by Whitney Rice
Associate Rector, St. Francis-in-the-Fields Episcopal Church, Zionsville, Indiana
I had no idea how inwardly focused my ministry was until I had the opportunity to participate in the Wabash Pastoral Leadership Program. There is very clear dividing line in my ministry: pre-Wabash versus post-Wabash. And before, I didn’t realize how small of a ministry world I was occupying. I saw very little outside my own congregation and denomination.
I was listening to Martin Laird’s Into the Silent Land and he tells a story that struck me deeply as I reflect on the change in my ministry outlook. He speaks of walking across a moor with a friend who had four dogs. As they walked, three of the dogs would run out across the moor, leaping over creeks and chasing rabbits and joyfully exploring their environment.
But one of the dogs would only run in a small circle just in front of his owner. No matter now many miles they walked or how far afield the other dogs went, this dog would only run in a tight circle very close to them.
Martin Laird asked him why, and he replied, “This dog was kept for his entire life prior to coming to me in a very small cage. His body has left the cage, but his mind still carries it with him. For him, the world outside the cage does not exist, and so no matter how big and beautiful the moor, he will never run out across it. I bring him here so he can breathe the fresh air, but he’s still running circles in his cage.”
One of the richest and most lasting benefits of the WPLP for me has been calling me beyond the borders I never knew I had. And it strikes me that part of what we’re trained to do as Wabash pastors is to see false barriers and imaginary borders. Some of those borders are literal, like the U.S.-Mexico border wall that my cohort visited on our study trip to Tijuana. Some of those boundaries are symbolic and invisible but no less real, like the divisions we heard about in the churches and communities of South Africa on our visit there.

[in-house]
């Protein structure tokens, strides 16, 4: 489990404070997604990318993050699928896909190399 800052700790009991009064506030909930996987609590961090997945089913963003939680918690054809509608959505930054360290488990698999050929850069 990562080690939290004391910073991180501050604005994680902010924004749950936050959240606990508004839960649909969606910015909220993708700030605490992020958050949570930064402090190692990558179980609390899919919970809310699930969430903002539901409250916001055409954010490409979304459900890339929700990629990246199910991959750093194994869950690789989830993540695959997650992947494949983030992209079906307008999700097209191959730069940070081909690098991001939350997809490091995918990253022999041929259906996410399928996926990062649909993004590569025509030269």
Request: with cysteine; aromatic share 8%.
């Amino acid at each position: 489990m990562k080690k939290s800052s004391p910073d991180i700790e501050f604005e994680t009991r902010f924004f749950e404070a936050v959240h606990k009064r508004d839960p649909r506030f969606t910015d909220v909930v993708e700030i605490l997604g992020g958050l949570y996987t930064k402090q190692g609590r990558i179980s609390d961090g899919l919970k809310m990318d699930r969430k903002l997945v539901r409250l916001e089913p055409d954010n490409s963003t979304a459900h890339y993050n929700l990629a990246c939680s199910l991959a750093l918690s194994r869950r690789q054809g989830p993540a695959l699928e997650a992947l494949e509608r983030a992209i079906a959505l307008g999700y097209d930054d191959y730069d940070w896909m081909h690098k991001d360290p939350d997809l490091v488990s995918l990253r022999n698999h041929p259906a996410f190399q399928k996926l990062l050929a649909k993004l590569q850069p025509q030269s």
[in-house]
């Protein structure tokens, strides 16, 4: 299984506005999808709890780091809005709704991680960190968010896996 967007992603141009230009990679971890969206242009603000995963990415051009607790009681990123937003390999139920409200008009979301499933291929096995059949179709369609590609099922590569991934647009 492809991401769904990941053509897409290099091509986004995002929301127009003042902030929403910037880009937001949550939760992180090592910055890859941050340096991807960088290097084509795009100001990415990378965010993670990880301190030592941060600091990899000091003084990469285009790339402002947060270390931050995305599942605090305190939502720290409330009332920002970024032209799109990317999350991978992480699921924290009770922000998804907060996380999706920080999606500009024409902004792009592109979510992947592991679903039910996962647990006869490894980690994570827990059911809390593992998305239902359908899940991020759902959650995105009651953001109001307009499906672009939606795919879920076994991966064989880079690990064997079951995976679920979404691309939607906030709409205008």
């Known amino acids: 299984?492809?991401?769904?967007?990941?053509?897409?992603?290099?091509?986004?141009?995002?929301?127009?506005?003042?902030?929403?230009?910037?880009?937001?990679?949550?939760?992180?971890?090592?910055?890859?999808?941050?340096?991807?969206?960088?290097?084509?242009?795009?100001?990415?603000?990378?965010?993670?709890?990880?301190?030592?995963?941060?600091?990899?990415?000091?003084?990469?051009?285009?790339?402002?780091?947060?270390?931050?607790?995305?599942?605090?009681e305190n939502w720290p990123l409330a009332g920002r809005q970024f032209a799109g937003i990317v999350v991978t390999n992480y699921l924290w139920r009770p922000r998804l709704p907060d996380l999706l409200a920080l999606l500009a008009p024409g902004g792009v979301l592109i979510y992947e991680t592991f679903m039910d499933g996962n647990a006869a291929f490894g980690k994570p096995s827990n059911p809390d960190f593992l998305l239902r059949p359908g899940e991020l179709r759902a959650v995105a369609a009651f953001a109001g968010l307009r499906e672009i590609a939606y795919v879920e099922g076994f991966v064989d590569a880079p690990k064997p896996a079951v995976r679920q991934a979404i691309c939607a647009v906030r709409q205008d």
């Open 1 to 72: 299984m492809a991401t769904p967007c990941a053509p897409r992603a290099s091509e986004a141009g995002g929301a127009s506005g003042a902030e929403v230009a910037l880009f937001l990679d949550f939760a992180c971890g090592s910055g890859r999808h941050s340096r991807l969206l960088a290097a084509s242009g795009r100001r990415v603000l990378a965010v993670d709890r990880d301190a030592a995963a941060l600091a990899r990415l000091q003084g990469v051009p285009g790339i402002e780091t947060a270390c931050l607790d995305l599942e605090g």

As pastors we long to be effective breaking down divisions and healing the pain that separates us from each other. What we sometimes fail to realize is how many self-imposed cages we’re carrying around ourselves. I will be forever grateful to the WPLP for teaching me always to ask what categories and assumptions I’m placing around any problem, opportunity, or relationship, and then to ask whether the Holy Spirit might have something new and bold to say there.
Paul says in Ephesians 2:14, “For he is our peace; in his flesh he has made both groups into one and has broken down the dividing wall, that is, the hostility between us.” I knew before the WPLP that there often seems to be a dividing wall between how things are and what God dreams of for us. What I know now is how often that wall is in my own heart, and how ready my fellow ministers are, lay and clergy alike, to help me break it down.